Deposition Velocities of Non-Newtonian Slurries in Pipelines: Complex Simulant Testing

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One of the concerns expressed by the External Flowsheet Review Team (EFRT) is about the potential for pipe plugging at the Waste Treatment and Immobilization Plant (WTP). Per the review’s executive summary, “Piping that transports slurries will plug unless it is properly designed to minimize this risk. This design approach has not been followed consistently, which will lead to frequent shutdowns due to line plugging.” To evaluate the potential for plugging, deposition-velocity tests were performed on several physical simulants to determine whether the design approach is conservative. Deposition velocity is defined as the velocity below which particles begin to deposit ... continued below

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Poloski, Adam P.; Bonebrake, Michael L.; Casella, Andrew M.; Johnson, Michael D.; Toth, James J.; Adkins, Harold E. et al. July 1, 2009.

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One of the concerns expressed by the External Flowsheet Review Team (EFRT) is about the potential for pipe plugging at the Waste Treatment and Immobilization Plant (WTP). Per the review’s executive summary, “Piping that transports slurries will plug unless it is properly designed to minimize this risk. This design approach has not been followed consistently, which will lead to frequent shutdowns due to line plugging.” To evaluate the potential for plugging, deposition-velocity tests were performed on several physical simulants to determine whether the design approach is conservative. Deposition velocity is defined as the velocity below which particles begin to deposit to form a moving bed of particles on the bottom of a straight horizontal pipe during slurry-transport operations. The deposition velocity depends on the system geometry and the physical properties of the particles and fluid. An experimental program was implemented to test the stability-map concepts presented in WTP-RPT-175 Rev. 01. Two types of simulant were tested. The first type of simulant was similar to the glass-bead simulants discussed in WTP-RPT-175 Rev. 0 ; it consists of glass beads with a nominal particle size of 150 µm in a kaolin/water slurry. The initial simulant was prepared at a target yield stress of approximately 30 Pa. The yield stress was then reduced, stepwise, via dilution or rheological modifiers, ultimately to a level of <1 Pa. At each yield-stress step, deposition-velocity testing was performed. Testing over this range of yield-stress bounds the expected rheological operating window of the WTP and allows the results to be compared to stability-map predictions for this system. The second simulant was a precipitated hydroxide that simulates HLW pretreated sludge from Hanford waste tank AZ-101. Testing was performed in a manner similar to that for the first simulant over a wide range of yield stresses; however, an additional test of net-positive suction-head required (NPSHR) was performed at each yield stress condition. Unlike the previous simulant, the sizes and densities of the particles that can deposit in the piping are a result of the simulant precipitation process; there is expected to be a complex mixture of particles of various sizes and densities that make it difficult to predict a stability map. The objective of the testing is to observe whether behavior consistent with the stability-map concept occurs in complex simulants with mixtures of different sizes and densities.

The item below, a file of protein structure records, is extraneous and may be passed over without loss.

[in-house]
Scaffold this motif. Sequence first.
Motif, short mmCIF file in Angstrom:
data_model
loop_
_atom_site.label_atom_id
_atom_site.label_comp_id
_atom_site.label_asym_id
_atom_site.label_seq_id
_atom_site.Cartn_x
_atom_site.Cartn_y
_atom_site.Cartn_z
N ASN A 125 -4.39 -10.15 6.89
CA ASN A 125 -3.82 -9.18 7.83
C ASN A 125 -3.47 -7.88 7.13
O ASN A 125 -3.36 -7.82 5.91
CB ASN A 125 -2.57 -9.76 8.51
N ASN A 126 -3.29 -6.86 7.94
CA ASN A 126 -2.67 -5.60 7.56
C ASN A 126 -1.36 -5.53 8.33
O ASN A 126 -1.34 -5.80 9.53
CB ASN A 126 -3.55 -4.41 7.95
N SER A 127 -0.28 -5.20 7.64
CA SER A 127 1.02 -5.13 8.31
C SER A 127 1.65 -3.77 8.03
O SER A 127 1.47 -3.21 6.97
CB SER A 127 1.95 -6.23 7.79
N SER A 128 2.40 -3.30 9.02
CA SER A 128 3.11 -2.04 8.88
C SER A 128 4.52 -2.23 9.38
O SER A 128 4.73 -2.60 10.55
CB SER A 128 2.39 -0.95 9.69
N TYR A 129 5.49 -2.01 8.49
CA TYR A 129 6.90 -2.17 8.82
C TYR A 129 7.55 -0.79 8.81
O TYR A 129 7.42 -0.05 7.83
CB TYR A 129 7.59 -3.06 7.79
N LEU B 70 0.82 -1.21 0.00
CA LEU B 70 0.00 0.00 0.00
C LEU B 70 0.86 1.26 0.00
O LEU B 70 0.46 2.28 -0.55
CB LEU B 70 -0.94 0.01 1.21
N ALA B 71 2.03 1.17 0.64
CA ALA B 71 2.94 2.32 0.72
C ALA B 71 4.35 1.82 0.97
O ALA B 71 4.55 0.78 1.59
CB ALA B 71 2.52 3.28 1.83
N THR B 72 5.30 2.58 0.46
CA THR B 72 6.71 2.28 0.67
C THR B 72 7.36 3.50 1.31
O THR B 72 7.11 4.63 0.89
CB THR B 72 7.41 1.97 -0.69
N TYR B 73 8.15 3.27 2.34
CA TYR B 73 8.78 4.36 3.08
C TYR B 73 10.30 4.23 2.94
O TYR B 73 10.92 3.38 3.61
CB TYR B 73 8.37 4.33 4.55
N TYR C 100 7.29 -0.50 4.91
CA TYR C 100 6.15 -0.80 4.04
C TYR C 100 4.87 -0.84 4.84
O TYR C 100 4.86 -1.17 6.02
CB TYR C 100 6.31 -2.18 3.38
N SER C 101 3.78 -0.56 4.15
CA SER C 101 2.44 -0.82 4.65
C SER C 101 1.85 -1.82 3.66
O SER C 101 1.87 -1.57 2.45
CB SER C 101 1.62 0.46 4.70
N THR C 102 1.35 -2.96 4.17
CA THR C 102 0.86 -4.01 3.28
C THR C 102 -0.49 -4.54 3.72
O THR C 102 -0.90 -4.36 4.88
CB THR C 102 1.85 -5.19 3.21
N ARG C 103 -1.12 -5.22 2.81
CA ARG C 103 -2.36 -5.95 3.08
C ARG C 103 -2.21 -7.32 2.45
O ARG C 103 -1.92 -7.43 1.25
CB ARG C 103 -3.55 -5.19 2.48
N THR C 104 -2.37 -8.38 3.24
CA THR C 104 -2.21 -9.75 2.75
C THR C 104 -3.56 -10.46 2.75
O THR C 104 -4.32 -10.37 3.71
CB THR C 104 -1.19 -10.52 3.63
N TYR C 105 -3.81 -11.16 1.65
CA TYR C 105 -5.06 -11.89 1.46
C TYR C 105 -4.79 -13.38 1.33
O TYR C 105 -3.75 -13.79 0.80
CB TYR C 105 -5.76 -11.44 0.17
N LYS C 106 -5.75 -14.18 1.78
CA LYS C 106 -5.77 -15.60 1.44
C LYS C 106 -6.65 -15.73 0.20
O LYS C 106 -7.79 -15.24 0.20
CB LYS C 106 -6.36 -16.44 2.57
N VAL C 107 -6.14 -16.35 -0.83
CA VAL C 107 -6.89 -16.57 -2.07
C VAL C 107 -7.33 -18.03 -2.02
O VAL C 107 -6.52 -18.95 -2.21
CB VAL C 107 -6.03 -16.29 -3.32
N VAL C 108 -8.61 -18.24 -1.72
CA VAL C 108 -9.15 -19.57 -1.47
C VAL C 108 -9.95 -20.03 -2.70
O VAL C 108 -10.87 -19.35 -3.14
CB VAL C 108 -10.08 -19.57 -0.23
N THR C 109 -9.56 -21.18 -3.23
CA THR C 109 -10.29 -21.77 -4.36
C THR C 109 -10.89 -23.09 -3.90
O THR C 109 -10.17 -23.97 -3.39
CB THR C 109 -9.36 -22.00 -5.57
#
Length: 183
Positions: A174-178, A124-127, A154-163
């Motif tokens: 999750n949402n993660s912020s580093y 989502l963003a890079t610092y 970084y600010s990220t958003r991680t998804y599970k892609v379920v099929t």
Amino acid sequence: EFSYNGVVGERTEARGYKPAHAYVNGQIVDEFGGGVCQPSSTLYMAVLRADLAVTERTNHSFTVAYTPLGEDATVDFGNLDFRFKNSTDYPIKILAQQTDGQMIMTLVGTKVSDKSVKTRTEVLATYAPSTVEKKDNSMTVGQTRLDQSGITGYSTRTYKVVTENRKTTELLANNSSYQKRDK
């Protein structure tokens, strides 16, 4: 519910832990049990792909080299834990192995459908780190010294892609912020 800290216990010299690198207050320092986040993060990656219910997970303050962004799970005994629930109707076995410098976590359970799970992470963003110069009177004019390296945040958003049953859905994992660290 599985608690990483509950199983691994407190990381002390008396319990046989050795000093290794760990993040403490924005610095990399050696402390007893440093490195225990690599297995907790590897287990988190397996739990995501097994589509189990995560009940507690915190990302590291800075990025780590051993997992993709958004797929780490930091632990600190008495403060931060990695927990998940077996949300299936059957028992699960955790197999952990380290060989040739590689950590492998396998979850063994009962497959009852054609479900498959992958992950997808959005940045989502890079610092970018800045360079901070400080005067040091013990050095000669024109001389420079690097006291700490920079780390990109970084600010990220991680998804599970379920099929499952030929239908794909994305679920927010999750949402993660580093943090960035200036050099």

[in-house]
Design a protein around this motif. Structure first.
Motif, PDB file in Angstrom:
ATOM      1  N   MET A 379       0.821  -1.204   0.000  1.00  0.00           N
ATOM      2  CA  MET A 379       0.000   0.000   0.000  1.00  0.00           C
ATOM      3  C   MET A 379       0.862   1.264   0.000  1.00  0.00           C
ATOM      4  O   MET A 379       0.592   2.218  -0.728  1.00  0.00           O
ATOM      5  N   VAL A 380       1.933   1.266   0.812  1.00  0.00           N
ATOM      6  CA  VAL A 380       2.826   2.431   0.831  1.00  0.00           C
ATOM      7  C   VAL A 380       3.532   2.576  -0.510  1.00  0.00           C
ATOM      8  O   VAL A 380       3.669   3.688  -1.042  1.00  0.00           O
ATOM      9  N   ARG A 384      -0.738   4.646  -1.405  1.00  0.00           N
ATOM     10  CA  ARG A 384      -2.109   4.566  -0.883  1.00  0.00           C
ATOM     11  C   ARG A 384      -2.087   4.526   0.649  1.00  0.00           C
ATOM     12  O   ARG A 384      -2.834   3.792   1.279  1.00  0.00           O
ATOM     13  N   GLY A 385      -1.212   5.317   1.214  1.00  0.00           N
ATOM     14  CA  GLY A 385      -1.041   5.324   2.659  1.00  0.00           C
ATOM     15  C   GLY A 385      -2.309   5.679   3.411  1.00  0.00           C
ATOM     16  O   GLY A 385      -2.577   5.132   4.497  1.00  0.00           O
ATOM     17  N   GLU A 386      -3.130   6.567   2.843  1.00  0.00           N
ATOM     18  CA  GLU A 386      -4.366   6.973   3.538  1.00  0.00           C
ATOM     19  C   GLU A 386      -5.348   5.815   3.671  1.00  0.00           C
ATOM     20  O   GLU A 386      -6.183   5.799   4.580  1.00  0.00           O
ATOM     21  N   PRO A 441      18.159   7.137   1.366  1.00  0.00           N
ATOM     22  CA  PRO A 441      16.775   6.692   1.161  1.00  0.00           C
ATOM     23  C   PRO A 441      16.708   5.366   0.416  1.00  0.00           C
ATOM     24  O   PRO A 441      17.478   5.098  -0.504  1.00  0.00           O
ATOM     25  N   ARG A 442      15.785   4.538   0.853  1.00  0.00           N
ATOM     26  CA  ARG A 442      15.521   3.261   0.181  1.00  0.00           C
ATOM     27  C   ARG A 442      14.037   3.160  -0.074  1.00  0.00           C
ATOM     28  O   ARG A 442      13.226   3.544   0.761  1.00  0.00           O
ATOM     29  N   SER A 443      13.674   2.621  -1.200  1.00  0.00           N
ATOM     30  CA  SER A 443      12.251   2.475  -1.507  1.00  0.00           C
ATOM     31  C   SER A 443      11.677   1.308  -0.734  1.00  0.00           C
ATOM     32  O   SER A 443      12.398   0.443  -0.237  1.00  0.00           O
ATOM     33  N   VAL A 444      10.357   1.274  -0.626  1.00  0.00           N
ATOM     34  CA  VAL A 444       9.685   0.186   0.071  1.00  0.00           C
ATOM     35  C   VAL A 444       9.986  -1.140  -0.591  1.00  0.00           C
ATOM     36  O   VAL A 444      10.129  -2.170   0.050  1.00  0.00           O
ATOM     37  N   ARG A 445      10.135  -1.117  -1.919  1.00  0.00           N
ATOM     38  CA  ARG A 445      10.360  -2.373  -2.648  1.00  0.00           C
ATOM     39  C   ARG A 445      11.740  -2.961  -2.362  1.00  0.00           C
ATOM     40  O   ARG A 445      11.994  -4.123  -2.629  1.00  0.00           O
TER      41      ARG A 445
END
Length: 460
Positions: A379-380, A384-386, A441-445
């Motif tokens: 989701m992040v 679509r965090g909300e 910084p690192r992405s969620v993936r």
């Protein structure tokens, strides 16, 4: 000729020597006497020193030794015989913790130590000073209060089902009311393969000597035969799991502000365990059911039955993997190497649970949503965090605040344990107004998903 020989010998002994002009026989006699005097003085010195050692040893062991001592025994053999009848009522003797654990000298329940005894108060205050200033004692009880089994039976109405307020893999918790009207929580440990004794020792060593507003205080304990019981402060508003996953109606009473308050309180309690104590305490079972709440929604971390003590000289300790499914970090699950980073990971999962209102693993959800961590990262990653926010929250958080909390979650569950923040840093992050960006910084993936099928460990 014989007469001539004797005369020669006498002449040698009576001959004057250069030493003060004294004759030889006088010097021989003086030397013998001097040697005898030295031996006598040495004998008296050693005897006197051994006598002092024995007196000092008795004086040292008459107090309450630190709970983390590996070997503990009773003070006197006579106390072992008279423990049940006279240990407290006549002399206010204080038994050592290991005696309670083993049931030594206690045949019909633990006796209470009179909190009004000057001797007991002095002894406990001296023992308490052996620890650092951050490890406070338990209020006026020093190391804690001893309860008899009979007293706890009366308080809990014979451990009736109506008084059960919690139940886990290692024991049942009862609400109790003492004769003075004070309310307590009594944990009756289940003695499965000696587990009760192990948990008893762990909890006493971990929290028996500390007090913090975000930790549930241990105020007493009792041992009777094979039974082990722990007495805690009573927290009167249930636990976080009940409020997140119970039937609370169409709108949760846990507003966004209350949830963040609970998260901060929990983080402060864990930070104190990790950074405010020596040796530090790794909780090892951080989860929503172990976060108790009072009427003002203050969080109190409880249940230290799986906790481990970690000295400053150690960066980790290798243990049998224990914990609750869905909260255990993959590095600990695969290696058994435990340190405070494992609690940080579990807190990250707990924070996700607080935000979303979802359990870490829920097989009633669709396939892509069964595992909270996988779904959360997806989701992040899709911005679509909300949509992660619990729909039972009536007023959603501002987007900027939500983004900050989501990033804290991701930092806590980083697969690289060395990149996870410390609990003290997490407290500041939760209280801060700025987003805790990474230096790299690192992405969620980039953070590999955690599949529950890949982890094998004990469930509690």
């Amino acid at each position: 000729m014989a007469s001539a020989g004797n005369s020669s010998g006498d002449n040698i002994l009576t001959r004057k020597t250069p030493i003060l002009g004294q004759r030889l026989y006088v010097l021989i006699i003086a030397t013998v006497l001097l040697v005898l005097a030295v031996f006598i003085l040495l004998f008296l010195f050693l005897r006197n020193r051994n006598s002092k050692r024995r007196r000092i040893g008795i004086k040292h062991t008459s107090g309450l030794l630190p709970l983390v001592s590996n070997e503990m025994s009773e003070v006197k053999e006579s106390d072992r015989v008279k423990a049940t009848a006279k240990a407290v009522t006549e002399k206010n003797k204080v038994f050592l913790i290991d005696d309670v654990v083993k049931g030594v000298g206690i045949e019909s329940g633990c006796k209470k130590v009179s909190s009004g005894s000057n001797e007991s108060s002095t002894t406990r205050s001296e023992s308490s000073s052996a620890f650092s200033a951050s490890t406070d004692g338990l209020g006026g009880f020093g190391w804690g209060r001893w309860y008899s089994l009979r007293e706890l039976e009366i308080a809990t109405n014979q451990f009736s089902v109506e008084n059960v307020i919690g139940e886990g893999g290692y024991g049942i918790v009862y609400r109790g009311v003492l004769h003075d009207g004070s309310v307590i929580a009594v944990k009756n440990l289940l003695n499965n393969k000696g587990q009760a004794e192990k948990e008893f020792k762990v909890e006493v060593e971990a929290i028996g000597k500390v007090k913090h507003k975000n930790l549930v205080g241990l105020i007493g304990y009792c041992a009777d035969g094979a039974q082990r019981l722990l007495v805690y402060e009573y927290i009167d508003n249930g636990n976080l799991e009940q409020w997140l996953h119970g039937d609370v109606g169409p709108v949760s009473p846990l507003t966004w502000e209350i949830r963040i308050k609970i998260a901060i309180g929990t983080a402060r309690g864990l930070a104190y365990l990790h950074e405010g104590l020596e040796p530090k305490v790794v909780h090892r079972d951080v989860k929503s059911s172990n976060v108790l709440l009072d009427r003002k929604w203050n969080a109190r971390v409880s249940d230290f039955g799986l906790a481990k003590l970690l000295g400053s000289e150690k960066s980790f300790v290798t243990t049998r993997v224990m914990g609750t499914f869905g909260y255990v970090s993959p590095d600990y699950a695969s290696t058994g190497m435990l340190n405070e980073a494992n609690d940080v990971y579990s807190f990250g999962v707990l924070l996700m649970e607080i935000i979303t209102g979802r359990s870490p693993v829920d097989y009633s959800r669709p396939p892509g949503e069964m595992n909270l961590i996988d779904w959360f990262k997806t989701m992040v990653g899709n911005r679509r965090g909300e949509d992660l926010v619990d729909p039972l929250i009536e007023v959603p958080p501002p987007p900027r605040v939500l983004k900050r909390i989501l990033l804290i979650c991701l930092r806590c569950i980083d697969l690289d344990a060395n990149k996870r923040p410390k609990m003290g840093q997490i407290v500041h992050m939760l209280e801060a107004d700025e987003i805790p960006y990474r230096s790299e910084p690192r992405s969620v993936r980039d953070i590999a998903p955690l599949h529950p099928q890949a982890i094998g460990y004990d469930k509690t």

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  • Report No.: PNNL-18316
  • Grant Number: AC05-76RL01830
  • DOI: 10.2172/992020 | External Link
  • Office of Scientific & Technical Information Report Number: 992020
  • Archival Resource Key: ark:/67531/metadc1013982

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  • July 1, 2009

Added to The UNT Digital Library

  • Oct. 14, 2017, 8:36 a.m.

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  • Oct. 19, 2017, 8:28 p.m.

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Poloski, Adam P.; Bonebrake, Michael L.; Casella, Andrew M.; Johnson, Michael D.; Toth, James J.; Adkins, Harold E. et al. Deposition Velocities of Non-Newtonian Slurries in Pipelines: Complex Simulant Testing, report, July 1, 2009; Richland, Washington. (digital.library.unt.edu/ark:/67531/metadc1013982/: accessed January 16, 2018), University of North Texas Libraries, Digital Library, digital.library.unt.edu; crediting UNT Libraries Government Documents Department.